Now as to the link that you provided. John Piper uses a biblical term in an unbiblical way. While it is true that the Bible calls women “weaker vessels”, the meaning of the term is weak in physical strength. There is not a single reference in the Scripture that God made the woman to be “emotionally, spiritually, verbally, physically, financially” weak, as John Piper asserts in his sermon. God set up a woman as a Judge who spoke for God. Women supported Jesus and His disciples — they were not created financially weak and unable to do that. And it is a known fact that women are known for their verbal excellence. John Piper is just plain wrong when he attributes far more to the biblical term than is in the text.

    See a screen shot below:

    Weaker vessel

  107. It seems that you’ve made up your mind about John Piper. You’ve added and added to what he said, in a way that is not reasonable. He never said anything of what you say he said. That’s your own interpretation, based on your own something or other. I do not need a dictionary definition of what the word ‘weak’ means.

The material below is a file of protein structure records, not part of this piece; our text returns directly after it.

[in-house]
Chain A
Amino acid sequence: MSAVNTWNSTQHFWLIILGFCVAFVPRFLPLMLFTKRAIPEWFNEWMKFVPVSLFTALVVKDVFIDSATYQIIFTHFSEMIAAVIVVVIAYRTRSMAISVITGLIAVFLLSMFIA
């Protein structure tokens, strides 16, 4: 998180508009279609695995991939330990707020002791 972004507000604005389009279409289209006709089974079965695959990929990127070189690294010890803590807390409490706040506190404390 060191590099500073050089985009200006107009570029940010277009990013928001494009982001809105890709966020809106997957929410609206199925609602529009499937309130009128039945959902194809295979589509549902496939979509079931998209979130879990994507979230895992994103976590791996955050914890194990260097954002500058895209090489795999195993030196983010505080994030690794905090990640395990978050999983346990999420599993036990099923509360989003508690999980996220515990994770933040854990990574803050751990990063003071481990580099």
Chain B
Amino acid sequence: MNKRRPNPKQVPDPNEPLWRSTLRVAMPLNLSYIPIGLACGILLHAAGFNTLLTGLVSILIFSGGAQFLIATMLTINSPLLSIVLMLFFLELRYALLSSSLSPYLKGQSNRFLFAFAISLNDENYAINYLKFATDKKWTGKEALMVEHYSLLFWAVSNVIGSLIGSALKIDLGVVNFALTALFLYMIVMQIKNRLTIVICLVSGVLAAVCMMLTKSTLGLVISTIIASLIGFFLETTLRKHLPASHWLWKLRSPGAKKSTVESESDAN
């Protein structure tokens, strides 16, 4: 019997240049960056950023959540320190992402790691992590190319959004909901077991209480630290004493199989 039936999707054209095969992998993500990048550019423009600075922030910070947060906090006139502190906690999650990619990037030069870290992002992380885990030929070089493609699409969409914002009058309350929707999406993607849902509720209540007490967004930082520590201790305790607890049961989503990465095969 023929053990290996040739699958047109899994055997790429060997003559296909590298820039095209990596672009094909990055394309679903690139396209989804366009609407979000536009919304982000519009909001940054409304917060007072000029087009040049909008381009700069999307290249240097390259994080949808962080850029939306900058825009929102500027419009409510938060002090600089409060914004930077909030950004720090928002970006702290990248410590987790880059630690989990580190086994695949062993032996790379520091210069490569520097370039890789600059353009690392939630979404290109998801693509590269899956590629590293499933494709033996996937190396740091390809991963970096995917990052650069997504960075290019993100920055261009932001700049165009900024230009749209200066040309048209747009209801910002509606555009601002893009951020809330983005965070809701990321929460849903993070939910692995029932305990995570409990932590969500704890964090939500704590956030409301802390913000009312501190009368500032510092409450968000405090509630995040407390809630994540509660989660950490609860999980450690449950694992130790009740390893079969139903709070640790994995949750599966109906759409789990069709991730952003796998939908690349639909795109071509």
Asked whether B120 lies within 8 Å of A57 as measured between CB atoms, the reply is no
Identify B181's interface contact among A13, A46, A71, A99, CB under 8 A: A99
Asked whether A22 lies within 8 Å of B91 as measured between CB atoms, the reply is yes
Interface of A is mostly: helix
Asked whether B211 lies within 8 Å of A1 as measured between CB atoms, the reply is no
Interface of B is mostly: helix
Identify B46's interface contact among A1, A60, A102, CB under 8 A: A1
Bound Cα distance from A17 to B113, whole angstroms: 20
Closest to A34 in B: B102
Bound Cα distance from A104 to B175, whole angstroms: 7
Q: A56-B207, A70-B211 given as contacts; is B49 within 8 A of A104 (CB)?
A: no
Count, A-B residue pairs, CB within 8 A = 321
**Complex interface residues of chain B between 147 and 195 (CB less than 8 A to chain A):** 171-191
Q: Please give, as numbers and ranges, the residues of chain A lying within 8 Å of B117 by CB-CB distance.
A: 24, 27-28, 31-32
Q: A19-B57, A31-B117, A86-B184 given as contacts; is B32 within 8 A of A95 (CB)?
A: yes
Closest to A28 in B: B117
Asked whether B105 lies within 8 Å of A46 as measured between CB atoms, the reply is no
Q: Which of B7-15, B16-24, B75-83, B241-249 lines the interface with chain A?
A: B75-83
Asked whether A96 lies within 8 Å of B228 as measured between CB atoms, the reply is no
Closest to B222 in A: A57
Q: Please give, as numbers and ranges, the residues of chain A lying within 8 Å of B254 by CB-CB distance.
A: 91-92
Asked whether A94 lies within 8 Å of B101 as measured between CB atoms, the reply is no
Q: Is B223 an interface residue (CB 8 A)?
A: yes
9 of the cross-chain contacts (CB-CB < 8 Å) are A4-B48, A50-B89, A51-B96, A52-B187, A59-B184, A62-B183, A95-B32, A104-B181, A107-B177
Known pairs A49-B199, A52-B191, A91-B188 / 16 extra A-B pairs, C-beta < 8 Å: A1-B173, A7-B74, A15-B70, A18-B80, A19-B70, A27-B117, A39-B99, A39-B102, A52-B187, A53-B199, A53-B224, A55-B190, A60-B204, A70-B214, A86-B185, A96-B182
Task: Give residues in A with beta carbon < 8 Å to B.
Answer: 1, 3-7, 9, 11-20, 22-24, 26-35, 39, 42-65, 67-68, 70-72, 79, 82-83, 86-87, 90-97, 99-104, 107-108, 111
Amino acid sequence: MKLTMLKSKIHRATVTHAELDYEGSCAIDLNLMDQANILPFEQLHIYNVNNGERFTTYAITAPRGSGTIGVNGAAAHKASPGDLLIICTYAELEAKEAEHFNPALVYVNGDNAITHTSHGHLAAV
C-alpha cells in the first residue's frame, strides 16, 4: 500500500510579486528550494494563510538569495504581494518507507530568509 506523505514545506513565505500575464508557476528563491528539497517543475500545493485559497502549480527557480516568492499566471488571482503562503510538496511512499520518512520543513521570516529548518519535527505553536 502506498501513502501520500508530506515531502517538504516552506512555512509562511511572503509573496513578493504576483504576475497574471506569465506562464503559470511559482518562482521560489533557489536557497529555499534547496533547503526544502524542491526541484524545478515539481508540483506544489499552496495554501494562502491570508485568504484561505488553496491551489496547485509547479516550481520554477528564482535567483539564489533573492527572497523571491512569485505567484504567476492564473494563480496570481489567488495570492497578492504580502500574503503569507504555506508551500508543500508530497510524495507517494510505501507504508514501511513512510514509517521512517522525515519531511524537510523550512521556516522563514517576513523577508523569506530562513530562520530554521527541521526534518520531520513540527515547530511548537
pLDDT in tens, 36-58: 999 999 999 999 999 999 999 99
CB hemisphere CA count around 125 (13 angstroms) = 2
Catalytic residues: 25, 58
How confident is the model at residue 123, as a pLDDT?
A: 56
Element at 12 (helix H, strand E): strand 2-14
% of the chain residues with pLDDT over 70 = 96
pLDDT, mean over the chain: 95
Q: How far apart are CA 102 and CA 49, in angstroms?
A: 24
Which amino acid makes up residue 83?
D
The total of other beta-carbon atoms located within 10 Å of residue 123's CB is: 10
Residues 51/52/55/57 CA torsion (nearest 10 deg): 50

You also seem to want to presume much about my own words. I speak plain so don’t do that, PLEASE.

  108. You’re arguing here where there is no argument. It’s as if your mind is closed to the truth.

    I’m through here.

  109. Well it is interesting that I only gave you facts and you have not interacted with the facts. I asked you for facts and you gave me none. I think anyone reading can see whose mind is made up without looking at the facts. Have a good day.